For any number of reasons, your elder relative may need assistance with the activities of daily living. You have a number of options for ensuring your loved one receives the level of care that he or she needs.
One is an adult day care health center. Over 3,000 of them across the country provide adults with a therapeutic environment, individualized care and support, and access to activities that they enjoy. But since there are no national requirements for adult day centers, articles like this one are a must-read to determine whether an adult day center is a good choice and which one to choose.
Selecting an Adult Day Center
Adult day centers, sometimes called adult day care programs, are designed for adults who have a limited ability to manage things on their own during the day. They may have grown frail with age, be recovering from an illness, or have chronic health problems.
There are more than 3,000 adult day centers across the country, either freestanding or attached to a residence or nursing home.
There are no national requirements for an adult day center, but there are voluntary standards that have been developed by the National Adult Day Services Association (NADSA). The information provided below is based upon compliance with these voluntary standards.
Who Is Best Served by an Adult Day Center?
Adult day centers are good environments for elders who have limited mobility, who need help or supervision during the day, and who would benefit from daily social and therapeutic activities. Some adult day centers serve elders with Alzheimer’s disease or other cognitive impairments; others are designed to meet the needs of frail or chronically ill elders only.
Although adult day centers often are viewed merely as providing respite for a family caregiver, they are much more than that to the older participant. The adult day center provides a therapeutic environment in which the older participant receives individualized care and support.
A center that meets NADSA standards conducts a thorough assessment of a participant when he or she begins the program. Then, working with the participant and, if appropriate, family members, center staff design a program specially tailored to meet the elder’s needs. This can be very helpful to those elders who are recovering from an illness and/or hospitalization.
What Types of Services Are Provided in an Adult Day Center?
The core services that all adult day centers provide include meals, supervised activities, help with medication, and assistance with the activities of daily living.
Some adult day centers offer transportation to and from the program, and a few offer transportation to rehabilitation or other health services a participant may need. Centers also provide help with bathing and grooming, rehabilitation, art and creative therapies, health monitoring, and referral to other services in the community as needed.
What Type of People Staff Adult Day Centers?
Professionals who have been trained to work with the elderly staff adult day centers. Most centers have a director, an activity director, and several assistants, depending upon the number of participants the center serves.
The NADSA standards suggest that at no time should there be less than 2 staff present and that the staff-to-participant ratio should be 1 to 6 for programs that offer the core services, and 1 to 4 in programs that serve severely impaired elders. Based on the range of services it provides, a center may require additional staff who work regular hours, such as a nurse, physical therapist, psychological therapist, and other skilled professionals.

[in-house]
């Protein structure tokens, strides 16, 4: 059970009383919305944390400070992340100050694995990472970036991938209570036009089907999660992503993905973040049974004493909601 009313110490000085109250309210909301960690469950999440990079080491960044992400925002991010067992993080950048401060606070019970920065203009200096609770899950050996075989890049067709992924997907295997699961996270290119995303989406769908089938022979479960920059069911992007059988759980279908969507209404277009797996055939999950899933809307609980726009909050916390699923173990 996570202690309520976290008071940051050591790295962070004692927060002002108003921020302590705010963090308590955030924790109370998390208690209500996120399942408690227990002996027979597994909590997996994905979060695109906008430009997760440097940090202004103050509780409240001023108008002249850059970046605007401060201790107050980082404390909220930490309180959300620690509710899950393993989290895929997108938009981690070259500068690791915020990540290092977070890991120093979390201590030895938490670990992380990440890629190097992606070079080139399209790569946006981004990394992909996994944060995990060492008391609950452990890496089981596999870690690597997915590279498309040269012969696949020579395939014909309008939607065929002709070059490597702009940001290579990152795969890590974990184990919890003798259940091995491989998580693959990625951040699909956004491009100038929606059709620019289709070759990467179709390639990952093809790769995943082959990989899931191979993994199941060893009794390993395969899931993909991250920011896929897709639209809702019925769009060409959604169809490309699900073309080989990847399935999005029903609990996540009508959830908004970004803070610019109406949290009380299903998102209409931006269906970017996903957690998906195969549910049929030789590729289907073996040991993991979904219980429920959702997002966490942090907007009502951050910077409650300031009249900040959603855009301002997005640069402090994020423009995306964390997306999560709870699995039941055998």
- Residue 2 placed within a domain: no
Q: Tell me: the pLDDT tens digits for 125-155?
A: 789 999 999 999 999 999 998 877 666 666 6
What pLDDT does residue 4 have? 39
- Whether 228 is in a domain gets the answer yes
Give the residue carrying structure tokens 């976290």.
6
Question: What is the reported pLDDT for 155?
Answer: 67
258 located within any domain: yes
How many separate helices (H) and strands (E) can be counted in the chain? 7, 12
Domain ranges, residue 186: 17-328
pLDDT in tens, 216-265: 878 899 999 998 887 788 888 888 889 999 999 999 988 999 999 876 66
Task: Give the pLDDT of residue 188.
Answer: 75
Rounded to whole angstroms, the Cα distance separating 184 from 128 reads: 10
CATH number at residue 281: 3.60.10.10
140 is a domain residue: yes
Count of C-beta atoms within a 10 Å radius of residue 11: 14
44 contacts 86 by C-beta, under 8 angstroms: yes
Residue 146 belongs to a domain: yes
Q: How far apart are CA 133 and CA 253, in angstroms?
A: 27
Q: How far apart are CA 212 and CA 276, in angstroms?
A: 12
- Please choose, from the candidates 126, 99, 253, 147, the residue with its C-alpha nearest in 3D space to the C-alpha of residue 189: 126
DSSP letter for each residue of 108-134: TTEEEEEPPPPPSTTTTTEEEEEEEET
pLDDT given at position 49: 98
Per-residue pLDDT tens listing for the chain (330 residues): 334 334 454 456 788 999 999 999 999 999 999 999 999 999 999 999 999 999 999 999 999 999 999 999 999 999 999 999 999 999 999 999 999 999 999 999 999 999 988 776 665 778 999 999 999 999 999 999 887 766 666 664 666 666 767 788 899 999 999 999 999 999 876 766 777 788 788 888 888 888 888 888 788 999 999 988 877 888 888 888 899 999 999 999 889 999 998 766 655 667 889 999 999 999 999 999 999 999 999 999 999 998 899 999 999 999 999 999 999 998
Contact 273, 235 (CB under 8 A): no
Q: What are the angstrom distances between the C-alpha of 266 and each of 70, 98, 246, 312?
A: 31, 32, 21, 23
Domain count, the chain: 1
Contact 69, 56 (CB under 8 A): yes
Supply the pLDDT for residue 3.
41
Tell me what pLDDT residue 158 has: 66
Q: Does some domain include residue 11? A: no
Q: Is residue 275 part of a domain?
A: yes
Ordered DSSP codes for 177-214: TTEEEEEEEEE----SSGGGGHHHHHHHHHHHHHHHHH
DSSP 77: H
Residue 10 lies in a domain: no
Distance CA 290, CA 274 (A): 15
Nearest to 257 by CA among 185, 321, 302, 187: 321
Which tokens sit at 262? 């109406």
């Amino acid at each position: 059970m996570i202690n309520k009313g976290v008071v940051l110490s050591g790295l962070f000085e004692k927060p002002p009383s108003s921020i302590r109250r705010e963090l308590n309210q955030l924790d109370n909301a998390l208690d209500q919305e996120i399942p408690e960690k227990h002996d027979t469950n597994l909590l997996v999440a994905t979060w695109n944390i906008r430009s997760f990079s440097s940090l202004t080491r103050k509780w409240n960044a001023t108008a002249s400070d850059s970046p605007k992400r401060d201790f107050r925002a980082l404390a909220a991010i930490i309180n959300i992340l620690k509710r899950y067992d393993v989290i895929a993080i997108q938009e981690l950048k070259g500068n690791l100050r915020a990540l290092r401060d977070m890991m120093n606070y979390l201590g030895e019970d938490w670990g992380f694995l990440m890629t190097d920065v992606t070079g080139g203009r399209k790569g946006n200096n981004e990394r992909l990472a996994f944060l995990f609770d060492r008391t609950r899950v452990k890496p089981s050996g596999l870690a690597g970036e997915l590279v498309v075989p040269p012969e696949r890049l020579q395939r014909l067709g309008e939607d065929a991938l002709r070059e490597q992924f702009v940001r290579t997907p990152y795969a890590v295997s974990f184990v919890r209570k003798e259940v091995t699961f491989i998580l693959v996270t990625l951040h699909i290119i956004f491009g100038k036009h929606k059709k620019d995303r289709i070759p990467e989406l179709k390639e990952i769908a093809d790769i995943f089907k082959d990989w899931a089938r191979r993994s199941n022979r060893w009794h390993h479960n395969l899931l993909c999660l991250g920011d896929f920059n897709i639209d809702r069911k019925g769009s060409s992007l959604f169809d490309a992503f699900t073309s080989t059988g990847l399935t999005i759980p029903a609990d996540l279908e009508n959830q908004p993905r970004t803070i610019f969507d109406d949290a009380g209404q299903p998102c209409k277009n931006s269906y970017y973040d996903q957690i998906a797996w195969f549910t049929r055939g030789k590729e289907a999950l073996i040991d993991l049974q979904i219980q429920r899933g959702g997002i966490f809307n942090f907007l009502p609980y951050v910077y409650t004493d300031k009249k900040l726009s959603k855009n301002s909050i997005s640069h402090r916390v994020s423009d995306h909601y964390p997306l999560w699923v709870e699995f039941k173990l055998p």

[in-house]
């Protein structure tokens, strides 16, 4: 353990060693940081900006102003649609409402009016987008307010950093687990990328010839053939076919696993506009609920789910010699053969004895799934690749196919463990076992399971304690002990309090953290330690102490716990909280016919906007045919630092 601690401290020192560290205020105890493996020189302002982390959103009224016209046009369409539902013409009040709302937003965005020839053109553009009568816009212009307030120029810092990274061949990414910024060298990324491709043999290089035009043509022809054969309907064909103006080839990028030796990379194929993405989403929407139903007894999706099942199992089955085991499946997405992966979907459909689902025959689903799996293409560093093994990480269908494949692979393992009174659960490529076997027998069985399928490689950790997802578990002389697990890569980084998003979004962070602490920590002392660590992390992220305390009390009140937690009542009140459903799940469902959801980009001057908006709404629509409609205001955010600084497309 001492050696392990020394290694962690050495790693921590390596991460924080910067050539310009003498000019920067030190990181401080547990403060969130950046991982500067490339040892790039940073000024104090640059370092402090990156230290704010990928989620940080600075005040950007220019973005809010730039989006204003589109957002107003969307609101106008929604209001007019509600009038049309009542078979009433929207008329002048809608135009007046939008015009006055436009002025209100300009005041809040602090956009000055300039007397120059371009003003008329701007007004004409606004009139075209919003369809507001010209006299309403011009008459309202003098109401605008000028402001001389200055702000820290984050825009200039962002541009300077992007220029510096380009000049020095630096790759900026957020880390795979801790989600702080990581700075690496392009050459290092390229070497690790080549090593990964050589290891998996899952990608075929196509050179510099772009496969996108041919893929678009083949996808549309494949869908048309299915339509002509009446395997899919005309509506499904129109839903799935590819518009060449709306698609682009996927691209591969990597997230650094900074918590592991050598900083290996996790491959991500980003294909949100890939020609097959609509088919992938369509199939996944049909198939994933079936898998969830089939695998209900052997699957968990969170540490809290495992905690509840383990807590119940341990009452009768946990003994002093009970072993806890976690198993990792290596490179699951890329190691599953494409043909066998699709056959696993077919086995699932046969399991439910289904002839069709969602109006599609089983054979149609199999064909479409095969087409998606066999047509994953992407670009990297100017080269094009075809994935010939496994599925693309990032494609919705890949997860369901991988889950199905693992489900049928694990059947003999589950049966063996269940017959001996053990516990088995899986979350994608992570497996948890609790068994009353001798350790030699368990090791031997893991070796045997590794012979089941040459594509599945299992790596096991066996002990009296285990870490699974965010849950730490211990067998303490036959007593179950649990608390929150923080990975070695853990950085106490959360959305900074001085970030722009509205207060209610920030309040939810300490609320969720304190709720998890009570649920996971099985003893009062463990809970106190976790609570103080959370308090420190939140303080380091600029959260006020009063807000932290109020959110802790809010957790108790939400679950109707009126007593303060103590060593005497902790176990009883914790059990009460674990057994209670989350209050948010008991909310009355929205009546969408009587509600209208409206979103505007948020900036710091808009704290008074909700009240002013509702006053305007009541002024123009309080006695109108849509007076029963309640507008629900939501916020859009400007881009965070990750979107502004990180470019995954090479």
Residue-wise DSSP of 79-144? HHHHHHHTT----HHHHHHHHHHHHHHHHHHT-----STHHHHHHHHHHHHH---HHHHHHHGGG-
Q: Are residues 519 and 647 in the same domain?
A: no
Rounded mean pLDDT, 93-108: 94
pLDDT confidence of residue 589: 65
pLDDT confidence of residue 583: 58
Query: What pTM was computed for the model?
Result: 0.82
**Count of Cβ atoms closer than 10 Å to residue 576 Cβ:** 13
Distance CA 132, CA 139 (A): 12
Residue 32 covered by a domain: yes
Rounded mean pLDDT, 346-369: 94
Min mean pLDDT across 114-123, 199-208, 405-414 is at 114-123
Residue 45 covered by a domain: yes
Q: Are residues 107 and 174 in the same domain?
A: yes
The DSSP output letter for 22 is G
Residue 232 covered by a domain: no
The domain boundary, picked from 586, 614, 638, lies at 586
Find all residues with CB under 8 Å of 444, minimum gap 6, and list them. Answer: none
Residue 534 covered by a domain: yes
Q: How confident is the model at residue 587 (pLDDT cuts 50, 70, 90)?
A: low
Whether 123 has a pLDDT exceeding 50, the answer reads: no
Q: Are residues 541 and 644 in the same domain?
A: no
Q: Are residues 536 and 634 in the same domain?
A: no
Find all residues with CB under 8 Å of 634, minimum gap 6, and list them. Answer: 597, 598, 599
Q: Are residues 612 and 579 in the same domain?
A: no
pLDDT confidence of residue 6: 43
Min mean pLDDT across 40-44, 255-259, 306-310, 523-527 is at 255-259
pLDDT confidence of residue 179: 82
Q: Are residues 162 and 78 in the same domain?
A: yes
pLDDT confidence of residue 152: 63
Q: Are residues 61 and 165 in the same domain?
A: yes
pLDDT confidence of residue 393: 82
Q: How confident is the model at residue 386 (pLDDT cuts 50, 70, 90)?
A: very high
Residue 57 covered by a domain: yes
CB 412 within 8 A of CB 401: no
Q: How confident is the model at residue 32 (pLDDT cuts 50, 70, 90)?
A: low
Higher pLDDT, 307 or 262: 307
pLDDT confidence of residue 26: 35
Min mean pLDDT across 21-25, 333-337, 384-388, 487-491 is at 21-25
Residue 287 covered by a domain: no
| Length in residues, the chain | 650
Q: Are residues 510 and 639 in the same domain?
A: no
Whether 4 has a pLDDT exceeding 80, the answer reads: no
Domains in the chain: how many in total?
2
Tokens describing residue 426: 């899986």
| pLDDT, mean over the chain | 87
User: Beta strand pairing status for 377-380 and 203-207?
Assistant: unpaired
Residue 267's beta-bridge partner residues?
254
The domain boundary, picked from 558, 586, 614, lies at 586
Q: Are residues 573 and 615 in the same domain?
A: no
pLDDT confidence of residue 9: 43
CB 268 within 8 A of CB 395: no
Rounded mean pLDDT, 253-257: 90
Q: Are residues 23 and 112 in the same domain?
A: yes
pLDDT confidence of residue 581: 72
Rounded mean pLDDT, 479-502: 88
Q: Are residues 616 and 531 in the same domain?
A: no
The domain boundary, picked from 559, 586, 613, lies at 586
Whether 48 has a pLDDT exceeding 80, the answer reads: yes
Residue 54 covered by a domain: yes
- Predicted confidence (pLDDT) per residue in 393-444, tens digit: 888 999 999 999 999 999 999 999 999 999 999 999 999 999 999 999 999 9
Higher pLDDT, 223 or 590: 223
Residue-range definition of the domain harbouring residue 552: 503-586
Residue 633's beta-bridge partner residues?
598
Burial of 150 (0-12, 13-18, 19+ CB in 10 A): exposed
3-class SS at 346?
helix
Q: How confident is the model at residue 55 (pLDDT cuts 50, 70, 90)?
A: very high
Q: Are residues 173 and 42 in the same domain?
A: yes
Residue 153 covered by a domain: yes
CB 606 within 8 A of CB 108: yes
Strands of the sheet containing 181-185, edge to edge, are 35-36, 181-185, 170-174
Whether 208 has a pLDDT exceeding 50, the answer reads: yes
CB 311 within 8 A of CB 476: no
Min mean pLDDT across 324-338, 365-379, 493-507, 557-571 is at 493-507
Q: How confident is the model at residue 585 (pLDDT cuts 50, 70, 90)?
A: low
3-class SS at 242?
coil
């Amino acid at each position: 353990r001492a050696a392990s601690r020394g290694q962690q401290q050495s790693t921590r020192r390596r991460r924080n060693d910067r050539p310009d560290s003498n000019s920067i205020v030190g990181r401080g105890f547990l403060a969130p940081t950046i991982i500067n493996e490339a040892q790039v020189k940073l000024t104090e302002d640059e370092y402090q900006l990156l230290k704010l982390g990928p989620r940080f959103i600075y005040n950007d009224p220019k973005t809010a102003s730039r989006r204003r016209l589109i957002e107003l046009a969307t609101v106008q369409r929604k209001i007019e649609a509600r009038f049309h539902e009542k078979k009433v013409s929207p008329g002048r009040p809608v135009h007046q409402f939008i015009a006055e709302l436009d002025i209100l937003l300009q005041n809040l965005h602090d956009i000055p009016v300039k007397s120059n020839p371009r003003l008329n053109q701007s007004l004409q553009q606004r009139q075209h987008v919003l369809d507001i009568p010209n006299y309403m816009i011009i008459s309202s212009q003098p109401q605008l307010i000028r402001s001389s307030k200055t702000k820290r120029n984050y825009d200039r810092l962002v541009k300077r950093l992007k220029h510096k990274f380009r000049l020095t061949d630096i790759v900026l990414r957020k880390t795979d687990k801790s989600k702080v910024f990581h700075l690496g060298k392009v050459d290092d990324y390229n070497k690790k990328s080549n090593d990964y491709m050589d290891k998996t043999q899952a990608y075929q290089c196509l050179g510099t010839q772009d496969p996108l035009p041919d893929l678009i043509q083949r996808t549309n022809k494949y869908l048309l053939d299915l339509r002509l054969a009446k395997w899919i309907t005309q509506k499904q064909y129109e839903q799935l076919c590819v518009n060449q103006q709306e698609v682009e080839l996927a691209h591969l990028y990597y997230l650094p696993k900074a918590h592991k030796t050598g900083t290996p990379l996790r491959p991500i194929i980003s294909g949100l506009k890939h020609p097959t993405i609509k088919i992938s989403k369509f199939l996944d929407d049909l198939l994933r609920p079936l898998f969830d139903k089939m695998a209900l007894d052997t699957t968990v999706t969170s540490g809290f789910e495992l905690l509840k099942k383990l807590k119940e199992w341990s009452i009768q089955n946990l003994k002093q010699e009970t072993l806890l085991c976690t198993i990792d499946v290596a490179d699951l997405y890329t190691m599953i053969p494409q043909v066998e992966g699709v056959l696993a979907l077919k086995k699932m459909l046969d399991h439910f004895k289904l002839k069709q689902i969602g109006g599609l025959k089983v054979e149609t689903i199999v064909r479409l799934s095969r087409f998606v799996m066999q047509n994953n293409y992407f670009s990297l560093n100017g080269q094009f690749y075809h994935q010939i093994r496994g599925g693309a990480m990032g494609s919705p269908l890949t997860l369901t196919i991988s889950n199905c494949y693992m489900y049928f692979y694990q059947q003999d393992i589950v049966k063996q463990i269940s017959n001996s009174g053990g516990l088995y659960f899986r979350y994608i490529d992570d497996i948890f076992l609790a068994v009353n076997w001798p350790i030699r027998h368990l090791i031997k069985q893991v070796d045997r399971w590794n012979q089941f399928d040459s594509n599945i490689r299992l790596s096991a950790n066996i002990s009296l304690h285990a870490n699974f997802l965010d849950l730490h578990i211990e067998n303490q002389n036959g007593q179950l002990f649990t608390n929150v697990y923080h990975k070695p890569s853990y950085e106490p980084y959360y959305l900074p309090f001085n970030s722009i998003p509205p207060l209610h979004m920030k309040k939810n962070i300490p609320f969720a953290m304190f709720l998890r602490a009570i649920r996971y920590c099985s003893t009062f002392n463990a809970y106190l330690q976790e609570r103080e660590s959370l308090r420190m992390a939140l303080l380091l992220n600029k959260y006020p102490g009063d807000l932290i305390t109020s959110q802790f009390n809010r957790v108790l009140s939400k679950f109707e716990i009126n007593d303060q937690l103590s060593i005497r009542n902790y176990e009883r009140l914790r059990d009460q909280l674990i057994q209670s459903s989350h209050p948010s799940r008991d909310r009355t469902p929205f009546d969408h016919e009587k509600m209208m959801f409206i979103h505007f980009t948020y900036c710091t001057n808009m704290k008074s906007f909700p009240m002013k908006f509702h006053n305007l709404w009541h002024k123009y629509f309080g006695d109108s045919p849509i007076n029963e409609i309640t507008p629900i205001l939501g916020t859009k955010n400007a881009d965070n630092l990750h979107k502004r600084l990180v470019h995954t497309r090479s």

What Should You Look for in Selecting an Adult Day Center?
First and foremost, you should look for a center that is comfortable, clean, has friendly and competent staff, and that appears active and busy when you visit. Some specific things you should look for are listed below. The ones that are most important may vary, depending upon the needs of the elder.
- Is transportation provided? Is it free, or is there an extra charge?
- Do the hours of the program correspond with the hours the elder needs?
- Is there a written statement of participants’ rights and clear, written policies about the type of participant the center serves?
- Does the range of services provided meet the elder’s needs?
- Are you provided with an assessment of the elder and information about a care plan?
- Does the activity schedule include activities that are of interest to the elder?
- Have center staff discussed with you situations in which your elder relative might not be able to continue at the center?
- Does the facility have private rooms for confidential discussions and well-equipped activity rooms?
- Do the staff’s credentials appear appropriate for your elder’s needs? (If help with medication is needed, is there a nurse or other qualified health professional available?)
- Do the participants of the center appear happy and engaged in the center’s activities?
Paying for Adult Day Services
The range of fees for adult day services is based upon location and services provided. Daily fees generally include programmed activities and meals (breakfast, snack, and lunch).
Some programs include transportation in their daily fee, but others charge separately for it. Other add-on fees might be required to cover bathing, grooming, rehabilitation services, or special trips or events.
Fees can range from $45/day on up. In some states, low-income elders may be eligible for subsidies. The adult day center director will know about any subsidies that may be available to help pay the costs of adult day services.